- Visioning for Land Use - A study of public-private Process of Land Development   click here to open paper content229 kb
by    Garewal, Rameeta | garewal_r@yahoo.com, rameeta.garewal@c-b.com   click here to send an email to the auther(s) of this paper
Short Outline
In a scenario where land development decisions are made based on corporate gains & the grand scheme takes a back seat, have new public-private partnerships successfully implemented visioning tools that ensure the profitability of those involved?
Effective vision statements elevate & compel action because they are inspirational and achievable.

Where planners are promoting principles like new urbanism, integrated communities & smart growth; development driven purely by business plans may do exactly the opposite. The rise of communities that close out the surrounding context to provide a perception of status, epitomize the effect of such isolated developments.

We observe that the urgent often drives out the important in all organizations. Visioning and strategic planning counteract such tendencies by focusing on clearly established ‘preferred plans’ & the creation of a strategic direction where: it assesses stakeholder goals; current context & parameters of the project &; the strategies to implement successive action steps.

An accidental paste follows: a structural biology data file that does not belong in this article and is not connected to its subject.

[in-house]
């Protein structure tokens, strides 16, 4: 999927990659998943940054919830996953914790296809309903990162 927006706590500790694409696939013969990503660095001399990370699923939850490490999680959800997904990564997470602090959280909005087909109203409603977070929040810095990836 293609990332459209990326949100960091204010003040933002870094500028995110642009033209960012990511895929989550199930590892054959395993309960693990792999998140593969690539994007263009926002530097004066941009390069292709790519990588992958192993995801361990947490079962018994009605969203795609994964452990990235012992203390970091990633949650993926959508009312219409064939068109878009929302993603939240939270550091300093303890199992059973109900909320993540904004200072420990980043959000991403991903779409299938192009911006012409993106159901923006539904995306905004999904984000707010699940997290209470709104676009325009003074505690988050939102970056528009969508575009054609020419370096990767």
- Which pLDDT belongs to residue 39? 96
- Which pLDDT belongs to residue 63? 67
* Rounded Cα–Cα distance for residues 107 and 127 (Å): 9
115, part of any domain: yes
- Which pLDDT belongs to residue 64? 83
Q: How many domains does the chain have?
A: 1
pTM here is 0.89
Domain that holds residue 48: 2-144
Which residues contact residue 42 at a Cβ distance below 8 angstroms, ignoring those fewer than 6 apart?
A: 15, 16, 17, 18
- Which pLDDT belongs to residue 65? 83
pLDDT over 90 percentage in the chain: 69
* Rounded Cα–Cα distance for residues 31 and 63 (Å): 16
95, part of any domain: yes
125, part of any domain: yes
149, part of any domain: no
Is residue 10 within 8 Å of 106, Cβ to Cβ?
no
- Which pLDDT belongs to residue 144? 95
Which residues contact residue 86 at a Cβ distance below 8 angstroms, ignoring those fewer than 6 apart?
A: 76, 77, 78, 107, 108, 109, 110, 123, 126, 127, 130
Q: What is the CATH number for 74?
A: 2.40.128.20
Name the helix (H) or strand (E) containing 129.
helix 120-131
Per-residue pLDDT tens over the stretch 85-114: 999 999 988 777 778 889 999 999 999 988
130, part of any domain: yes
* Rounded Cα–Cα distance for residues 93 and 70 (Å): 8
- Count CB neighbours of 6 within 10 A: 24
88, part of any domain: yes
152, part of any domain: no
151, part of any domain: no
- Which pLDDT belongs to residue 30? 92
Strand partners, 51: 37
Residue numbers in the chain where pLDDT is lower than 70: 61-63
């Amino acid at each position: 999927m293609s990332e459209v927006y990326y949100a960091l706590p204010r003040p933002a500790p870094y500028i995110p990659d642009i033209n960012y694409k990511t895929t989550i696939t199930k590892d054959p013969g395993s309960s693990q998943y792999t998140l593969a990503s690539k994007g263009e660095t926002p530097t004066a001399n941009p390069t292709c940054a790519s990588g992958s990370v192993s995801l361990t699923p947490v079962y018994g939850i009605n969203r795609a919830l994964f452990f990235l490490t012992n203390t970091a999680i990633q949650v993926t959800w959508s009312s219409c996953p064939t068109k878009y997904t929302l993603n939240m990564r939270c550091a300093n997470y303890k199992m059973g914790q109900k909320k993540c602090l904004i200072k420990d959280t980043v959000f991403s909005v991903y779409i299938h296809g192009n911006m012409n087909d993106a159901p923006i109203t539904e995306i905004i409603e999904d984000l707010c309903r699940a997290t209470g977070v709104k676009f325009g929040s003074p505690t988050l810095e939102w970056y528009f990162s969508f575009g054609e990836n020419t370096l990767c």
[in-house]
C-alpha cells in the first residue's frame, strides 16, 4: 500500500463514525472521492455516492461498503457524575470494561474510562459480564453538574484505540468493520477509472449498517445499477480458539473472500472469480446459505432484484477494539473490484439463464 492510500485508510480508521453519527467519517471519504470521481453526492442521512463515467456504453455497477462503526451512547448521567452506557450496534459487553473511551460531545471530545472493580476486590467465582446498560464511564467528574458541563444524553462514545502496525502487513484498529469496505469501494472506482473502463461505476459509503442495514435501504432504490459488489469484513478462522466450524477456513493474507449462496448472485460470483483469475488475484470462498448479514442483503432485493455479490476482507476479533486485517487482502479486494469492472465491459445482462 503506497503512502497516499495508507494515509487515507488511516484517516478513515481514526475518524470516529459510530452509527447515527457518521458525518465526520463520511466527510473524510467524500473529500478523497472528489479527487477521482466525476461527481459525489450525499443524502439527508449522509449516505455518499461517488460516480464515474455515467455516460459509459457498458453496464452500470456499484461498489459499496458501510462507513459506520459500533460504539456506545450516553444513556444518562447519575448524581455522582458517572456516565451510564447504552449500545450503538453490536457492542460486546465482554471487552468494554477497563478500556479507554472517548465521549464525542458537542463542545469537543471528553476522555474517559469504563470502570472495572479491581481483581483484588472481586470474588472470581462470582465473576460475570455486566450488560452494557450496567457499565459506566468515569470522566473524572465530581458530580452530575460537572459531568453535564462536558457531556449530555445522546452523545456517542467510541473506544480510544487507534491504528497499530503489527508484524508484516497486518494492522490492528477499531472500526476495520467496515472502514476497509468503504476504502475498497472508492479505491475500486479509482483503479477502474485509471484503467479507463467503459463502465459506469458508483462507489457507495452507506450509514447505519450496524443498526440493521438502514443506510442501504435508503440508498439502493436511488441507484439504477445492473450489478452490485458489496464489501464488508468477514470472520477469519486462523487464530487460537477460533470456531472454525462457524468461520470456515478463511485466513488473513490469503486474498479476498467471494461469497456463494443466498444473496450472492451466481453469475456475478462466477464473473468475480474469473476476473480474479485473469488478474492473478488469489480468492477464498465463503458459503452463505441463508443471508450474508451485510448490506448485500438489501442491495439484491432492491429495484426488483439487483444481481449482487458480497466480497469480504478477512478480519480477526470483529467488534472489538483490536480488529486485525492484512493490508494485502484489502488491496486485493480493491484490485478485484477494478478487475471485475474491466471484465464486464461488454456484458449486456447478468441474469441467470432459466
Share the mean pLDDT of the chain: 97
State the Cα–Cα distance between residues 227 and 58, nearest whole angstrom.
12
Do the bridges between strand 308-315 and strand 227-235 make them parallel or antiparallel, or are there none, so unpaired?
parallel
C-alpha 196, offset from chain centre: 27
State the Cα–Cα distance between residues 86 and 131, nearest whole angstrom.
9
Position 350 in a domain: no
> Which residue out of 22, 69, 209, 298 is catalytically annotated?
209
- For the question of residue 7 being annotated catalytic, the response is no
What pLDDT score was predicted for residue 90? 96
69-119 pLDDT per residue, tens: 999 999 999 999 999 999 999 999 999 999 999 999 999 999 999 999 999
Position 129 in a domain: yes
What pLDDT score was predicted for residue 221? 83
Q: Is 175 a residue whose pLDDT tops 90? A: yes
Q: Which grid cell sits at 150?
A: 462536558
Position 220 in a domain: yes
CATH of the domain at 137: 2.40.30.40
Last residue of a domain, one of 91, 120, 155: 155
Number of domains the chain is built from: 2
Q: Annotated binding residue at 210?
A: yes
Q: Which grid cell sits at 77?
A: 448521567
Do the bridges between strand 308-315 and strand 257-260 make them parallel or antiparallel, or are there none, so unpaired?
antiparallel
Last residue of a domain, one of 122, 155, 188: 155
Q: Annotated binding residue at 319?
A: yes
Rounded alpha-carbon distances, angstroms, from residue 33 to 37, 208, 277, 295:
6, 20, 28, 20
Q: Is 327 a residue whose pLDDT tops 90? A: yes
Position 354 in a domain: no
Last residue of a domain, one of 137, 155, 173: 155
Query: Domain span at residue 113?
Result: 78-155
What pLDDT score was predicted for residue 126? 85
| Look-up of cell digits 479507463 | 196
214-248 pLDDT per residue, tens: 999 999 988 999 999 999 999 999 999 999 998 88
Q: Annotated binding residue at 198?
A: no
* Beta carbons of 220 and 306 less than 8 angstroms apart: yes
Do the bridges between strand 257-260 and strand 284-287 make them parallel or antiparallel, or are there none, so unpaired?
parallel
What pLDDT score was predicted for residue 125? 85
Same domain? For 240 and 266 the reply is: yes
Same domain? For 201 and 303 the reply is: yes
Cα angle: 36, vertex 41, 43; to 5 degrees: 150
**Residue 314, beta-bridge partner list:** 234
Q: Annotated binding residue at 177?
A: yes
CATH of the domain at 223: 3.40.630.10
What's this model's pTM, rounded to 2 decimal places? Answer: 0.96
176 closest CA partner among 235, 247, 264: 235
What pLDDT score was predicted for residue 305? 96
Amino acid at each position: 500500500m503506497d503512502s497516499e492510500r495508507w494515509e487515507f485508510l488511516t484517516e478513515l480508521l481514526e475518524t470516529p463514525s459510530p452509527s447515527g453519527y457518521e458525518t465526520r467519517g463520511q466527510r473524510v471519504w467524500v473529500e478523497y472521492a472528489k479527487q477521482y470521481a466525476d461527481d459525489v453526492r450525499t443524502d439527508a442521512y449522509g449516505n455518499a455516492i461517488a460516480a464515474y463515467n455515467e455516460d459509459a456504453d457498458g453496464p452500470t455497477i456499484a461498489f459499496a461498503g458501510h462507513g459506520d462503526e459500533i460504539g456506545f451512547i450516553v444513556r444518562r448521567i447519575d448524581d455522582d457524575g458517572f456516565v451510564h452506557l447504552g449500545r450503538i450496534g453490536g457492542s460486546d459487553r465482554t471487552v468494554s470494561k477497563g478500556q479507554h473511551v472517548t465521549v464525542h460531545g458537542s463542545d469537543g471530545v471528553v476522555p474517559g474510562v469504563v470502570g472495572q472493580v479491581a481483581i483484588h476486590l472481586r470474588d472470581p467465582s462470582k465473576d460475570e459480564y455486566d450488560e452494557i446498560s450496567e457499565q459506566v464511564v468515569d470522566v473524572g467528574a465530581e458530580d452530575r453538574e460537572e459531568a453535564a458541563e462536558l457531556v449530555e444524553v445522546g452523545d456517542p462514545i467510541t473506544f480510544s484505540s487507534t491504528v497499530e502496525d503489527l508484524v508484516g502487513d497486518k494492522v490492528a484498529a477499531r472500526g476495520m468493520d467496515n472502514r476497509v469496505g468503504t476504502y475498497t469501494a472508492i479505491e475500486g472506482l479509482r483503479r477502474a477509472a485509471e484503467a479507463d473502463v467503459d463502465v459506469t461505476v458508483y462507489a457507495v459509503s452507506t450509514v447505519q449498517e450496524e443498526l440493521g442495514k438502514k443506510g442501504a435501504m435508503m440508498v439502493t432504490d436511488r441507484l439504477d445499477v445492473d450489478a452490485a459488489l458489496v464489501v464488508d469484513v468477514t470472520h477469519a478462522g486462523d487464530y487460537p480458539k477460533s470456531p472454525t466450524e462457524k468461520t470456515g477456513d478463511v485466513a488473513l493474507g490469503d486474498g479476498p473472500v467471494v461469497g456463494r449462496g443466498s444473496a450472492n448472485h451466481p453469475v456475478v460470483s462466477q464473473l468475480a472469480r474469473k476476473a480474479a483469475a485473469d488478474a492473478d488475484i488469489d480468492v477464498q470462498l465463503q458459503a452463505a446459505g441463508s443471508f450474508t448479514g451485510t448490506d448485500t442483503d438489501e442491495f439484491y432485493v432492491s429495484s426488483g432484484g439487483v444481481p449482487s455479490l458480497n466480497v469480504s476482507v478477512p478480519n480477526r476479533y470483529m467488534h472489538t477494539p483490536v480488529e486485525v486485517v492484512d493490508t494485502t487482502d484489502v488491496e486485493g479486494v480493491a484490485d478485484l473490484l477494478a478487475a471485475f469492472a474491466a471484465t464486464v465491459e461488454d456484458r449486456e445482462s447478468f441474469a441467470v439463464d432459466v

Historically, public organizations responsible for long term planning have used visioning tools to formulate goals that ensure systematic & organized growth & change in communities. These have taken the form of General/Master Plans & Zoning Ordinances among others. Various states in USA take this further & implement tools that are more specific & detailed than those mandated by federal standards. In forward states like California, the private sector has progressively grown conscious of the built environment increasingly realizing that long term gain is in acting in the interest of the greater good & has thus become acceptable to public-private partnerships in achieving comprehensive, sustainable solutions. In doing so, each aspect of a land use decision is guided by a vision statement starting with the general plan & zoning followed by a specific plan that lays out the overall guidelines for the project further down to details laid out in documents like design guidelines, overlay zones, parkway & streetscape plans.
This paper discusses how the public and private groups employ such visioning tools to achieve a ‘preferred’ future & the involvement of concerned stakeholders in each stage of development.
Vision Statements, Specific Plans, Design Guidelines, private developers, town centers, new towns, smart growth, sustainable development
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